Preparing for your internship matching process with TWC can be nerve-wracking. Everyone’s experience is different, but here are some of the things to keep in mind.
When I applied to The Washington Center (TWC), I had no clue where I wanted to intern. I major in Psychological Sciences with a concentration in Pre-Medicine, and I knew that I needed experience in my field before I graduate. Psychology is one of the harder areas to find an internship as an undergraduate, and I wasn’t sure what kind of placement would help me the most. I remember feeling so relieved that I would have a TWC Internship Advisor to help me find the best opportunities that matched my interests, as well as work with me until I landed my internship for the summer.
After I received my acceptance to TWC, I got an email from my Internship Advisor inviting me to a Skype call so that we could talk about my interests and career goals. I was very apprehensive about the Skype call because I wasn’t sure what to expect, but it was terrific! It was great to be able to talk about my major and my passions with someone who shared as much enthusiasm for my upcoming summer like me. During this advising session, we talked about the essay I had written for my application, as well as ways to improve my resume which would not only help me this summer but further down the road as I started applying for medical school.
My Internship Advisor sent my application to a few internship sites. We both eagerly waited for those internship sites to review my application and (hopefully) contact me for an interview. It was terrifying. I had an underlying fear of nobody choosing me. I had two other friends going through this process with TWC at the same time, and both of them had already accepted internships before I landed my first interview!
Finally, a few weeks after my advising session, I got an email from someone in the Counseling and Outreach Unit of the Peace Corps asking me to interview with them. Not only was it the first interview I had received, but it was with the Peace Corps, and I was thrilled. I had grown up hearing about how prestigious and respected an organization like the Peace Corps was, and I couldn’t believe I could have the opportunity to work with them. We set up an interview date and time the following week, and I felt like I could breathe a little. The week of my interview with the Peace Corps, I was contacted by another internship site for a potential spot, and I set up a conversation with them as well.
The day of my interview with the Peace Corps I was excited but nervous, and after the virtual meeting, I was pretty sure I blew it. The interview was scheduled an hour earlier than I originally anticipated and it completely threw me off. I was so nervous about not getting the position that I didn’t sleep much at all that weekend. The following Monday morning, I received an email offering me the internship position from the other internship spot where I also interviewed. I was conflicted because I had yet to hear back from the Peace Corps and they were my first choice.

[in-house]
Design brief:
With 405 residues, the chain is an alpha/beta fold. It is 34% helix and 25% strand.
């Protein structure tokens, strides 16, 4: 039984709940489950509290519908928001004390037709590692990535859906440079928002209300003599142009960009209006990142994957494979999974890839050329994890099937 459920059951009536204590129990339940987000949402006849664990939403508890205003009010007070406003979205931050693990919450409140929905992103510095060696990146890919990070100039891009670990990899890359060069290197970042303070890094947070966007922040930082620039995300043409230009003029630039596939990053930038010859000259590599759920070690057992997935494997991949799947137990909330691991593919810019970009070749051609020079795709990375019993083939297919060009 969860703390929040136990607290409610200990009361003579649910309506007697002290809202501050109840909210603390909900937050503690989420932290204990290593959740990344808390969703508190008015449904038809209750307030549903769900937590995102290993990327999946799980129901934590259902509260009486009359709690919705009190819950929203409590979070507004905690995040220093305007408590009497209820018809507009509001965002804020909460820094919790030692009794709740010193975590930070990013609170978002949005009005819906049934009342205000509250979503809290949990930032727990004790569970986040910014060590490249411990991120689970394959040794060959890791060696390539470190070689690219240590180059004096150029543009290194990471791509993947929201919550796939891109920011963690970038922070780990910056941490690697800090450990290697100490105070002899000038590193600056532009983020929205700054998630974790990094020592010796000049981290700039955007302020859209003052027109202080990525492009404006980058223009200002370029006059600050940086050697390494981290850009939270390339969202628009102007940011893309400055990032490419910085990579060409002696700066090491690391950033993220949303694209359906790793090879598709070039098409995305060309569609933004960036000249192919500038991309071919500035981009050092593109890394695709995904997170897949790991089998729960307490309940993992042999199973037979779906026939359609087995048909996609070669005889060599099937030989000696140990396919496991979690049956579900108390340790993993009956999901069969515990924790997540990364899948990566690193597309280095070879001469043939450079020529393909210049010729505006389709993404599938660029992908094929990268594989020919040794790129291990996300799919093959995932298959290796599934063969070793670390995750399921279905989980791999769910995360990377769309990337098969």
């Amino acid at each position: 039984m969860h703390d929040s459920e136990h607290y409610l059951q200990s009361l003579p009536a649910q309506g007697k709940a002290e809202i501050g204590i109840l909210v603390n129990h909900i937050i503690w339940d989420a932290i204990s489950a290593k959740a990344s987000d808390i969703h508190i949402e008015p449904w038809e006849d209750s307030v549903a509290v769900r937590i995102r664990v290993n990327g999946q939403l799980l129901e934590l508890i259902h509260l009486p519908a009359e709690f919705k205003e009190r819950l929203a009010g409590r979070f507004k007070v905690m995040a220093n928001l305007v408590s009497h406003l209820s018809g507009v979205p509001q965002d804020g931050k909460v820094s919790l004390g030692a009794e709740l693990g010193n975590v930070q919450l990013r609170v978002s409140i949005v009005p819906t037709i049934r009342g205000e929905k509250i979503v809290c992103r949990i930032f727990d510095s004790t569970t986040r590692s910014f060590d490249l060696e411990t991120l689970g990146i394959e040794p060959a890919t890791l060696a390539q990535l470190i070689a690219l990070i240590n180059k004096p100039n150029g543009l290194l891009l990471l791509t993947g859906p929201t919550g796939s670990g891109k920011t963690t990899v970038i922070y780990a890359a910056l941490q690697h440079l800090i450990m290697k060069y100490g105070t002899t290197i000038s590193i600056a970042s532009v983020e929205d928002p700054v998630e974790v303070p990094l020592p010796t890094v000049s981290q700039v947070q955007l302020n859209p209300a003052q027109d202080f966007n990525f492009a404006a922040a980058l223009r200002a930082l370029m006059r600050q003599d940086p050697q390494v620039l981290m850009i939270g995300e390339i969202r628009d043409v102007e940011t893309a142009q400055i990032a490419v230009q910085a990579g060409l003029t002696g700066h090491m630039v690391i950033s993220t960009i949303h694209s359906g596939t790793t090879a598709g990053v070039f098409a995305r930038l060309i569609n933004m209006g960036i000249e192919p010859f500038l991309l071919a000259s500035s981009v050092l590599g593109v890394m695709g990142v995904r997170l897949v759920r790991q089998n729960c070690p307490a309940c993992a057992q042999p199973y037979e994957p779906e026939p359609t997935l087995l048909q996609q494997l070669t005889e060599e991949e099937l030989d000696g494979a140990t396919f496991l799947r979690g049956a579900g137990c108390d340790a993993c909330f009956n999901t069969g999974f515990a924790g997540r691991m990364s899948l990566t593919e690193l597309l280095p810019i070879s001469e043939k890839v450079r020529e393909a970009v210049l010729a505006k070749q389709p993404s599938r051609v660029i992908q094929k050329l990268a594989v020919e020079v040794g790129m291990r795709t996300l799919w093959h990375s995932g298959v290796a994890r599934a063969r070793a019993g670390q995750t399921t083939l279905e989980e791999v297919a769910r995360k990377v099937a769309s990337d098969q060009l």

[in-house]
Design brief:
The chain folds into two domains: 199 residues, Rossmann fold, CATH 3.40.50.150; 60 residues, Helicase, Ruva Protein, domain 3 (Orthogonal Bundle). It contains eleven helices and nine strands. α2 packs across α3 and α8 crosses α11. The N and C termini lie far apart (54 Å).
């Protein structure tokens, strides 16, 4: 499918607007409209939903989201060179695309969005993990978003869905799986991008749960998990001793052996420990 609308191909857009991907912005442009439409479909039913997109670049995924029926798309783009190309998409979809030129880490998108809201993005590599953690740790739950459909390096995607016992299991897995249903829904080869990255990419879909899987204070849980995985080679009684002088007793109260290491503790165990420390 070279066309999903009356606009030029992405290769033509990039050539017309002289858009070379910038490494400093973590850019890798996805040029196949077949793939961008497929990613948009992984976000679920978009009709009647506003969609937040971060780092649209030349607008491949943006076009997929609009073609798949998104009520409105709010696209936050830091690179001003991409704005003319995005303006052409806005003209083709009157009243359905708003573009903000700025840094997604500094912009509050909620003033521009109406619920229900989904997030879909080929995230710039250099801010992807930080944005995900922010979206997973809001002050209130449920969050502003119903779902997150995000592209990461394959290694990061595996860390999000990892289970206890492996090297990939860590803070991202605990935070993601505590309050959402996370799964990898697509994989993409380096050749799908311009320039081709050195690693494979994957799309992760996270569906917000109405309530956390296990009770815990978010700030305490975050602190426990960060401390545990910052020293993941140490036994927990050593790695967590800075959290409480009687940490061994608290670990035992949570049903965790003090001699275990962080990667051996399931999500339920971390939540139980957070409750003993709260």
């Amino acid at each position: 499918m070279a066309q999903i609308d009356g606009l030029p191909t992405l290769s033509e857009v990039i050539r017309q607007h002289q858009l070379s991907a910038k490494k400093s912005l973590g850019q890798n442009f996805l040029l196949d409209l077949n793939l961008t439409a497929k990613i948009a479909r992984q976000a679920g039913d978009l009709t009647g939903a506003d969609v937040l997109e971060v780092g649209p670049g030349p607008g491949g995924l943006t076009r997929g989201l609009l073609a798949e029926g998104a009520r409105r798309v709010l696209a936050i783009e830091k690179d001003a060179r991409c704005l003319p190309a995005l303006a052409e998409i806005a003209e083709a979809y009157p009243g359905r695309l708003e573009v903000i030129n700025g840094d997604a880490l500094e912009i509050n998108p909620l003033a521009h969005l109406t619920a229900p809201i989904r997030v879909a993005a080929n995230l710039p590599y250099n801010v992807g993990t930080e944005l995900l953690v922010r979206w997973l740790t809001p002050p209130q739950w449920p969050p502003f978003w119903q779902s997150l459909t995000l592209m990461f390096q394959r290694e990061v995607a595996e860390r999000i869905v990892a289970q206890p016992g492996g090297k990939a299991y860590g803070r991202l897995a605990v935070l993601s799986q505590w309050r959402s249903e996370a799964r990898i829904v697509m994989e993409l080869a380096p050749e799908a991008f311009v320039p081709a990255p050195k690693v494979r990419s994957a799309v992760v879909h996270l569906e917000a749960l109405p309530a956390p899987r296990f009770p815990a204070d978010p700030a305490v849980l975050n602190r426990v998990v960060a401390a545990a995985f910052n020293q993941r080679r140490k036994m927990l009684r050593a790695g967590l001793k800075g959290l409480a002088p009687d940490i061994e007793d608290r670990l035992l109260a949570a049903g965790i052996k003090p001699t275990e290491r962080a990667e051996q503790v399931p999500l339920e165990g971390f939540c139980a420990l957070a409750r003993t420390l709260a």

I spent the next few hours internally toying with the decision of whether or not to take the offered position. I laid down for a quick nap (literally 10 minutes), and I woke up to two missed calls from my Internship Advisor and an email from the Peace Corps! I had landed my dream internship with the Counseling and Outreach Unit, and I couldn’t believe it. Ultimately, I accepted the Peace Corps internship, and I am so grateful I did.
While I was going through this process, there are some things I wish I had known beforehand. Such as:
Sometimes, you have to say no
Even though I wanted the Peace Corps internship, I was still nervous about telling the other internship site that I was going in a different direction. I didn’t want to slam any doors shut, and I tried to close them gently. I feel confident that I was able to handle this sticky situation with ease. Through this process, my Internship Advisor provided valuable advice, and I recommend working with them because they've guided thousands of students through the matching process.
Don’t overlook the details!
I am from Western Tennessee, which is on Central Time, whereas Washington, D.C. is on Eastern Time. I completely forgot about this. I thought I had scheduled my interview with the Peace Corps at 11:30 AM Central Time, but it was at 11:30 AM Eastern Time; a whole hour earlier than I had planned. I was in the middle of my History class when my phone rang, and I had to hurry out into the hallway to interview on the spot.
Trust the process
I think the most important thing to emphasize is that students should not compare experiences with other students. Everyone has different interests and backgrounds, and organizations have their timetables as well, all of which may affect the internship matching process!
Talk with your Internship Advisor about any questions or concerns you may have. They are there to help and can help you overcome these or anything that comes your way unexpectedly.